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Ethnic studies requirement under review to improve campus climate

Image By: Madeline Heim and Madeline Heim

In light of recent racially charged hate and bias incidents at UW-Madison, the ethnic studies requirement has come under review this semester to ensure all of its courses are aligned with the learning outcomes of the university.

Improving campus climate has become a central goal of the subcommittee that will evaluate the courses; UW-Madison continues to garner national attention from last semester’s campus activism termed #TheRealUW, anti-Semitic messages found in the dorms in September and the more recent controversial costume at the Oct. 29 football game.

“These incidents definitely give all ethnic studies instructors a sense of urgency,” said Cindy Cheng, an associate professor in UW-Madison’s Department of History and chair of the ethnic studies subcommittee. “They also show the value of these types of classes for students.”

Cheng explained that the primary purpose of the courses under the ethnic studies requirement is to understand race relations.

“We challenge students to embrace one’s differences, but strive to lessen the inequalities based on those differences,” she said.

The last time the ethnic studies requirement was revised was more than a decade ago, in 2003, according to Elaine Klein, the university general education director and an associate dean in the College of Letters & Science.

Klein said she hopes ethnic studies courses will encourage more collaborative problem-solving skills, especially in regard to addressing topics of race.

“It gives students a safe space to learn from each other as well as from the instructor,” Klein said. “It is better that students can talk and ask questions about these tough issues in a structured environment as opposed to on the internet.”

Jaylen Windham, a student who was active in #TheRealUW movement, explained that though topical problem-solving might be a goal of these courses, it is not a reality.

“Sometimes with these classes it seems like they are just trying to make students feel comfortable instead of acknowledging that racism is a real issue today,” she said.

Learning outcomes address topics of race

In 2010, at the request of the provost, representatives of the 29 different departments comprising the requirement formed the subcommittee. Together they decided upon the learning outcomes that all of the ethnic studies courses are required to meet.

The four main learning goals included emphasizing history’s impact on the present, encouraging students to recognize and question assumptions and building students’ awareness of themselves in relation to others, as well as stimulating participation in a multicultural society.

Both Klein and Cheng agreed that these learning goals are the best guidelines to ensure that the curriculums are inclusive and the best way to address the topic of race.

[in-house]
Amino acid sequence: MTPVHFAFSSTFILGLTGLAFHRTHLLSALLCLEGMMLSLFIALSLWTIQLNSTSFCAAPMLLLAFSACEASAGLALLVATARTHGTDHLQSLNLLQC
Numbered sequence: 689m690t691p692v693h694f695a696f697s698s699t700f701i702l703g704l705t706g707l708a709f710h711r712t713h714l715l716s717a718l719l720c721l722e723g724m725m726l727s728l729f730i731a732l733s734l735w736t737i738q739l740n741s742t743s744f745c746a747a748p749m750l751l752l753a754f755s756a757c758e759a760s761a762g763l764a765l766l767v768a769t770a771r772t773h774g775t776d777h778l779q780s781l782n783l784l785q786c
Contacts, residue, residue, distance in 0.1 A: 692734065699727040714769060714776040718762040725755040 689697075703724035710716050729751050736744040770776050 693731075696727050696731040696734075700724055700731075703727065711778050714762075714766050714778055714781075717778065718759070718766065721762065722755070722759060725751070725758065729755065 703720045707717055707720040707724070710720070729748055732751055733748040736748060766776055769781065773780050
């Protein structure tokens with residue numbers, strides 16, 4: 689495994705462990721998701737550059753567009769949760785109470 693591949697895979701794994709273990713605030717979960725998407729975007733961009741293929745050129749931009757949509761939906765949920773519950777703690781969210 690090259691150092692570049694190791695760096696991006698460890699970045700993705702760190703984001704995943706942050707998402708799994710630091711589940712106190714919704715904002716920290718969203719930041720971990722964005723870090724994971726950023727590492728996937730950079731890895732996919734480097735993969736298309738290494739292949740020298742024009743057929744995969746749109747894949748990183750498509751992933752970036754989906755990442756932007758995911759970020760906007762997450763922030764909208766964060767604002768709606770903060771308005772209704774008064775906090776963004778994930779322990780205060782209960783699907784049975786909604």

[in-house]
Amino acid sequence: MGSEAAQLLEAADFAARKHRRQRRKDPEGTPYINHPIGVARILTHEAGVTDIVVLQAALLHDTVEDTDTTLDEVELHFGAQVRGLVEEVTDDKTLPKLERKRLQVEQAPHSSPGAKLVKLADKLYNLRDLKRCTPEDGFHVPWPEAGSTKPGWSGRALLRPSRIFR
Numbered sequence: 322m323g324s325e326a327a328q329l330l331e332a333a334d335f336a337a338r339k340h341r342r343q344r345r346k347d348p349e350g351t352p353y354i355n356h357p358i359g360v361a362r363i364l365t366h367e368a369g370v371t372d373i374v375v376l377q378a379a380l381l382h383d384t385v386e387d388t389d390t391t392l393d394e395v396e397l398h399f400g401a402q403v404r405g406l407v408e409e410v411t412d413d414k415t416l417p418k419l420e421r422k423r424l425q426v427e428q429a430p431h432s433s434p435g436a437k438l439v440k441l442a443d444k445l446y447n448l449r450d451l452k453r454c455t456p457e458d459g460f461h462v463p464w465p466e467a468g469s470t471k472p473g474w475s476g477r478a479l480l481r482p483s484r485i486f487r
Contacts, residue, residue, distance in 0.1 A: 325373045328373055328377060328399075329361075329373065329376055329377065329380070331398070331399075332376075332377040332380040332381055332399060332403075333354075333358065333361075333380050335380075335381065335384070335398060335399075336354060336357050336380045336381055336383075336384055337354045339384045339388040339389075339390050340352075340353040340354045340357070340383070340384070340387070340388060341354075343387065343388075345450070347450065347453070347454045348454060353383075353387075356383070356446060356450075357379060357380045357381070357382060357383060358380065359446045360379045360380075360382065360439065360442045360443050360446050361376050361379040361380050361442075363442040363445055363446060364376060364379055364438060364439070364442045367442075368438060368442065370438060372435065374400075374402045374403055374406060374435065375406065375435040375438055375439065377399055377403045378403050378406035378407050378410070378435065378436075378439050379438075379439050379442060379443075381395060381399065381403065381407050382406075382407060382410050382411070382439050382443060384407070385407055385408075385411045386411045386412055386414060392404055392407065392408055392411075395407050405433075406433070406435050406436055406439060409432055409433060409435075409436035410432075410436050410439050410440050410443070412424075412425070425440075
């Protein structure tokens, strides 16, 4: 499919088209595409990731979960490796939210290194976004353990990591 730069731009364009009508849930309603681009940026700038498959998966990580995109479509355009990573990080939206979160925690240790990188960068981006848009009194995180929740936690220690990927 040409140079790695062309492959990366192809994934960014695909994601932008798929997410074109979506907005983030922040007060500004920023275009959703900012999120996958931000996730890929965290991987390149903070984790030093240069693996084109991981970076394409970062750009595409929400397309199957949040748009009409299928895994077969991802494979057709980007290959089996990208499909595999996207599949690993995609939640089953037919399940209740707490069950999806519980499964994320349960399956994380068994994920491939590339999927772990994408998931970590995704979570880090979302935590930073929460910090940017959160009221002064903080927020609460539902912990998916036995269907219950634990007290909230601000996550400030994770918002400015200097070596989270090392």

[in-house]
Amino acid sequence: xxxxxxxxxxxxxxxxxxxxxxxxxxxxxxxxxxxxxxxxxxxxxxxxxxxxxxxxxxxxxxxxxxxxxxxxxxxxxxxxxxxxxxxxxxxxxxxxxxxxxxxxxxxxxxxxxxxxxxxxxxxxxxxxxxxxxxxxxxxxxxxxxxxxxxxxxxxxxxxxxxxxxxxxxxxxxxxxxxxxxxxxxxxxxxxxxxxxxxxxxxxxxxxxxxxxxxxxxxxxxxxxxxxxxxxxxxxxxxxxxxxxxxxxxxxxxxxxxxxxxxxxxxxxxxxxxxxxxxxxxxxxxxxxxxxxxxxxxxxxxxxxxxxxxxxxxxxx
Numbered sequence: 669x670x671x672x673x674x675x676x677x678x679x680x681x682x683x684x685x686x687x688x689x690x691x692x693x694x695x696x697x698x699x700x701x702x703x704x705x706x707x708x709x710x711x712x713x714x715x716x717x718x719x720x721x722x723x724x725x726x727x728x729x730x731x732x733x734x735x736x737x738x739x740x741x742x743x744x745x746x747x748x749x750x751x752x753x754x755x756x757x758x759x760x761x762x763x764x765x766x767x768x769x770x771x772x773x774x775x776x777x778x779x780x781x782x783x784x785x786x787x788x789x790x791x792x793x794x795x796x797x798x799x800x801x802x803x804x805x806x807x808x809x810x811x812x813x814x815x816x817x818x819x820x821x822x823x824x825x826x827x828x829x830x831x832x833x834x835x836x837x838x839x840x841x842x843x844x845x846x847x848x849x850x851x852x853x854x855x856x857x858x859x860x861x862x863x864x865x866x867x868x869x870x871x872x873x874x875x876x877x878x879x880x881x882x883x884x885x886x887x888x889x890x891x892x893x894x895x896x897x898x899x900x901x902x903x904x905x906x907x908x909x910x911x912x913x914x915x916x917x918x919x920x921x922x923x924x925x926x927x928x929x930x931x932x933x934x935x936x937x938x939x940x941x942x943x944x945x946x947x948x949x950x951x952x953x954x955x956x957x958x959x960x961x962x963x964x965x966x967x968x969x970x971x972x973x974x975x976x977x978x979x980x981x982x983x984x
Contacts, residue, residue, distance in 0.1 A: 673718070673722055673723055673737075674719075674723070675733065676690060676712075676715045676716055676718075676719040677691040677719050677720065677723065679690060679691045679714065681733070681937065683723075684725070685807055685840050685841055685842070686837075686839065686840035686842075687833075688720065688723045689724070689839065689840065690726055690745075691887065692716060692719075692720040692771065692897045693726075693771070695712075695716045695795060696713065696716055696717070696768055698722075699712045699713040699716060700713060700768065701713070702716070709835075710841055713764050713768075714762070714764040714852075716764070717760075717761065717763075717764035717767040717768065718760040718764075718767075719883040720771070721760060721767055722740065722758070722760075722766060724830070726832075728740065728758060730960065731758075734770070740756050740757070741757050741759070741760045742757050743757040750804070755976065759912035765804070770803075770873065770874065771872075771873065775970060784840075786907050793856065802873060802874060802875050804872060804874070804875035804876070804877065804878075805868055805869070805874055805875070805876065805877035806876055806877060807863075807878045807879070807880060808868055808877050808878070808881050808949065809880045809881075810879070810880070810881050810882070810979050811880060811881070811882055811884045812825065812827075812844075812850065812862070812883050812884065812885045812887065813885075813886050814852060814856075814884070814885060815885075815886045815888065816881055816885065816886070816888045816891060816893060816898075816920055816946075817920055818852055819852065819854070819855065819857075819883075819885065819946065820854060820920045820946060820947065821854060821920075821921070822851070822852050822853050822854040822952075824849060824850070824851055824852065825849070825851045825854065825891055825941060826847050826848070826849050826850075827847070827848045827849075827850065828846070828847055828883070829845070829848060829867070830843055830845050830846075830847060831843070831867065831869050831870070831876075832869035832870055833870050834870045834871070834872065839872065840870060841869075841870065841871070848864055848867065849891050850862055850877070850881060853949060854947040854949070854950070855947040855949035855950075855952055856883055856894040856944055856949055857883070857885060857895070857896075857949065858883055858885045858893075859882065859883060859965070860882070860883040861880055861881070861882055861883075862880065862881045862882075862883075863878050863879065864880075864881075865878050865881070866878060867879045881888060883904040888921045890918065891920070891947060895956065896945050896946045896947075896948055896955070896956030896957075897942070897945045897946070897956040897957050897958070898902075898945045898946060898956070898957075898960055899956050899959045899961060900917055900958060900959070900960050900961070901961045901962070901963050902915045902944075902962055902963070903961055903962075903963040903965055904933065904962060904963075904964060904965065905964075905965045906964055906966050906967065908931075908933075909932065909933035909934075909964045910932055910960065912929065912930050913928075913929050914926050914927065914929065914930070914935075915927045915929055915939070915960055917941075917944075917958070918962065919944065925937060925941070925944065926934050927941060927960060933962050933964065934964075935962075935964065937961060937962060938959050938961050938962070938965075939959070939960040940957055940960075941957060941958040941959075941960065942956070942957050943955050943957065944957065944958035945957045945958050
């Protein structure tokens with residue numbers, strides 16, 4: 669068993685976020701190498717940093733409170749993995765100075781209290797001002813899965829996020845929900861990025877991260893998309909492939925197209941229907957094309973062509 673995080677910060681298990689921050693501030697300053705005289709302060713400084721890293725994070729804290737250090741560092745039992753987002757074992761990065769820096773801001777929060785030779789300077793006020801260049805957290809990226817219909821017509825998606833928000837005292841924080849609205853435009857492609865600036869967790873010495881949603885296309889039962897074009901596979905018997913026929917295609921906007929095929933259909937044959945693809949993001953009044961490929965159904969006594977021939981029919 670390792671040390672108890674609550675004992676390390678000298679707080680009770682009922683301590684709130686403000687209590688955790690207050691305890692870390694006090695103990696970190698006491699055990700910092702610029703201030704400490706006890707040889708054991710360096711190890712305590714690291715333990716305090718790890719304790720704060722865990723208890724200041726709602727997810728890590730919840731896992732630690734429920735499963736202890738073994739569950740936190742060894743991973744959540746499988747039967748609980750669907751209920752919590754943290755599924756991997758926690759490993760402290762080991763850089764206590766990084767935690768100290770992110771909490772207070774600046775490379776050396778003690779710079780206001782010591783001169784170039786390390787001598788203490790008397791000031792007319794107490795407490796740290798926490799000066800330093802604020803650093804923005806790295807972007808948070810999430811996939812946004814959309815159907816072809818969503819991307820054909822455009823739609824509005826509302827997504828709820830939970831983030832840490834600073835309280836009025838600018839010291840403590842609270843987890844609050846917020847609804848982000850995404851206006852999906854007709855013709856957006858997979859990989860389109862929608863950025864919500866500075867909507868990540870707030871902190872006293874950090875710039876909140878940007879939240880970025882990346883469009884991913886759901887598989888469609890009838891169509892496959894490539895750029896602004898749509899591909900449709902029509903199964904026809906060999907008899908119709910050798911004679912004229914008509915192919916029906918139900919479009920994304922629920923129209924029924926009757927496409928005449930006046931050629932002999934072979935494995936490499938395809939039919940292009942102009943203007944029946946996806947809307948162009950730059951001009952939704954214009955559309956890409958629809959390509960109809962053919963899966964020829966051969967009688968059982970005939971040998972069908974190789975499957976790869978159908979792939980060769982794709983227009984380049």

In Cheng’s course, Asian American History: Processes of Movement and Dislocation, she emphasizes the awareness of the impact of history on the present, one of the learning goals.

“We are trying to retell U.S. history from a different perspective,” she said.

Tim Yu, another UW-Madison professor and a member of the subcommittee, is in the process of redesigning the ethnic studies course, Comparative Ethnic and Indigenous Studies, for the upcoming semester to better fit the learning outcomes.

“The class will now give more of a sense of history from a range of different perspectives in order to better understand race and multicultural societies,” Yu explained.

Cheng said she wants to ensure that within these courses, marginalized groups who have been underrepresented in the retellings of history are now “central characters.”

“Students of color do not see their backgrounds reflected in curriculums or textbooks,” she said. “We want them to know that they are a part of history and that their experiences matter.”

UW-Madison sophomore Brittany Fremder said the ethnic studies course she took, which focused on American Indian immigration, allowed her to consider these different perspectives that Cheng mentioned.

“It helped me understand the underlying issues in societies and see why people feel the way they do about racial issues,” she said.

But Windham questioned whether ethnic students courses would have such an effect on all students. She said that many students fail to accept the facts presented to them in these classes.

“People will be stuck in their own ways,” she said. “When shown statistics, they call the numbers biased instead of acknowledging the real problems.”

Immediate, long-term goals for success

Klein explained that a long-term goal of the subcommittee is to fit more courses under ethnic studies.

“It will hopefully promote positive attitude change for students,” Klein explained. “They will be able to take classes they care about while still getting the requirement done.”

Cheng said that while the primary goal of the committee is to improve campus climate, eventually she hopes this long-term goal will be achieved as well.

“There is definitely lots of advocacy to see such changes, but it will require hiring more faculty who have expertise in ethnic studies, which means more funding,” she said.

Unlike the other general education requirements at UW-Madison, students cannot test out of ethnic studies. Since there aren’t standardized tests to demonstrate students’ understanding of ethnic studies, Klein explained that these courses also give students necessary tools to understand more complex topics.

“We need to change the narrative. Students need to stop looking at the requirement as checking a box and more as building a tool kit,” she said. “These courses are designed to create better scholars and citizens in order for them to live more fulfilling lives.”

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